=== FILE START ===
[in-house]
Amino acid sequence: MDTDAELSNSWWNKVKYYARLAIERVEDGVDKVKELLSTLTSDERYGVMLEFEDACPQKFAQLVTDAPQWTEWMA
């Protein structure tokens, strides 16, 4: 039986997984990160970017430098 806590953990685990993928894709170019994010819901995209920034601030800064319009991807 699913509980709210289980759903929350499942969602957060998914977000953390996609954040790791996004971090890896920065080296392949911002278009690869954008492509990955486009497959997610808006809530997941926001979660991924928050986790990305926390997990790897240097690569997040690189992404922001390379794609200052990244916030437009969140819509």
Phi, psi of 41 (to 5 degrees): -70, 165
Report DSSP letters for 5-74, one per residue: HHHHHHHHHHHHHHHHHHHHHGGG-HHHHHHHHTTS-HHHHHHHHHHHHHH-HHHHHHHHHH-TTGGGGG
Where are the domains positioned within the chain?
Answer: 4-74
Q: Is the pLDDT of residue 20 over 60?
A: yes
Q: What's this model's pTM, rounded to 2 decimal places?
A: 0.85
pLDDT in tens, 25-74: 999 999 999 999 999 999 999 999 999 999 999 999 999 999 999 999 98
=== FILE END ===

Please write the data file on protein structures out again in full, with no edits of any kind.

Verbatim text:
[in-house]
Amino acid sequence: MDTDAELSNSWWNKVKYYARLAIERVEDGVDKVKELLSTLTSDERYGVMLEFEDACPQKFAQLVTDAPQWTEWMA
């Protein structure tokens, strides 16, 4: 039986997984990160970017430098 806590953990685990993928894709170019994010819901995209920034601030800064319009991807 699913509980709210289980759903929350499942969602957060998914977000953390996609954040790791996004971090890896920065080296392949911002278009690869954008492509990955486009497959997610808006809530997941926001979660991924928050986790990305926390997990790897240097690569997040690189992404922001390379794609200052990244916030437009969140819509």
Phi, psi of 41 (to 5 degrees): -70, 165
Report DSSP letters for 5-74, one per residue: HHHHHHHHHHHHHHHHHHHHHGGG-HHHHHHHHTTS-HHHHHHHHHHHHHH-HHHHHHHHHH-TTGGGGG
Where are the domains positioned within the chain?
Answer: 4-74
Q: Is the pLDDT of residue 20 over 60?
A: yes
Q: What's this model's pTM, rounded to 2 decimal places?
A: 0.85
pLDDT in tens, 25-74: 999 999 999 999 999 999 999 999 999 999 999 999 999 999 999 999 98